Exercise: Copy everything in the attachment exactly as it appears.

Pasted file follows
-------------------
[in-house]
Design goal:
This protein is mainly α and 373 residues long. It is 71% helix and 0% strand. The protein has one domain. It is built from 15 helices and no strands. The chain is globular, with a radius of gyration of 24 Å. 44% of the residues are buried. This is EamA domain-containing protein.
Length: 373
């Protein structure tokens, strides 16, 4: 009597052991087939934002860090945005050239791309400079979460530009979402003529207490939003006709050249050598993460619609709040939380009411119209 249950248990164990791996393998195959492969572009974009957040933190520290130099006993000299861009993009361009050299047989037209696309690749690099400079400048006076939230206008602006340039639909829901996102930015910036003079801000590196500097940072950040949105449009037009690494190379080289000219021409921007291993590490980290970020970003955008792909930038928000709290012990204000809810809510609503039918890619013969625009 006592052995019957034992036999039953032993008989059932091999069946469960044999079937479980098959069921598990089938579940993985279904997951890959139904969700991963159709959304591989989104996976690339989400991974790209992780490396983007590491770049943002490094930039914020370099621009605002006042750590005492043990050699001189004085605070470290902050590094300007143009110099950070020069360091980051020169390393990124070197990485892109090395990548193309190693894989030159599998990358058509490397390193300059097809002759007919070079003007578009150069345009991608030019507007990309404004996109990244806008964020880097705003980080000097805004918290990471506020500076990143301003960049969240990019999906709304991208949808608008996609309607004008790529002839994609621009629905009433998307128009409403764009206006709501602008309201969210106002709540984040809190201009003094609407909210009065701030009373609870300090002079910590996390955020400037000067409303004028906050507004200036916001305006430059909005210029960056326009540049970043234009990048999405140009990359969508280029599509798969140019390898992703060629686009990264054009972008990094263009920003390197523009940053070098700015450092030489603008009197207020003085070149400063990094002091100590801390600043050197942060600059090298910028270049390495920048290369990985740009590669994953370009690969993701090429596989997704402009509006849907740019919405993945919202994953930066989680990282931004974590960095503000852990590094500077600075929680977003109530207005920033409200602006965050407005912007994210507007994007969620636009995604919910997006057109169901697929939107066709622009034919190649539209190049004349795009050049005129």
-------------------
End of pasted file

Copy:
[in-house]
Design goal:
This protein is mainly α and 373 residues long. It is 71% helix and 0% strand. The protein has one domain. It is built from 15 helices and no strands. The chain is globular, with a radius of gyration of 24 Å. 44% of the residues are buried. This is EamA domain-containing protein.
Length: 373
């Protein structure tokens, strides 16, 4: 009597052991087939934002860090945005050239791309400079979460530009979402003529207490939003006709050249050598993460619609709040939380009411119209 249950248990164990791996393998195959492969572009974009957040933190520290130099006993000299861009993009361009050299047989037209696309690749690099400079400048006076939230206008602006340039639909829901996102930015910036003079801000590196500097940072950040949105449009037009690494190379080289000219021409921007291993590490980290970020970003955008792909930038928000709290012990204000809810809510609503039918890619013969625009 006592052995019957034992036999039953032993008989059932091999069946469960044999079937479980098959069921598990089938579940993985279904997951890959139904969700991963159709959304591989989104996976690339989400991974790209992780490396983007590491770049943002490094930039914020370099621009605002006042750590005492043990050699001189004085605070470290902050590094300007143009110099950070020069360091980051020169390393990124070197990485892109090395990548193309190693894989030159599998990358058509490397390193300059097809002759007919070079003007578009150069345009991608030019507007990309404004996109990244806008964020880097705003980080000097805004918290990471506020500076990143301003960049969240990019999906709304991208949808608008996609309607004008790529002839994609621009629905009433998307128009409403764009206006709501602008309201969210106002709540984040809190201009003094609407909210009065701030009373609870300090002079910590996390955020400037000067409303004028906050507004200036916001305006430059909005210029960056326009540049970043234009990048999405140009990359969508280029599509798969140019390898992703060629686009990264054009972008990094263009920003390197523009940053070098700015450092030489603008009197207020003085070149400063990094002091100590801390600043050197942060600059090298910028270049390495920048290369990985740009590669994953370009690969993701090429596989997704402009509006849907740019919405993945919202994953930066989680990282931004974590960095503000852990590094500077600075929680977003109530207005920033409200602006965050407005912007994210507007994007969620636009995604919910997006057109169901697929939107066709622009034919190649539209190049004349795009050049005129």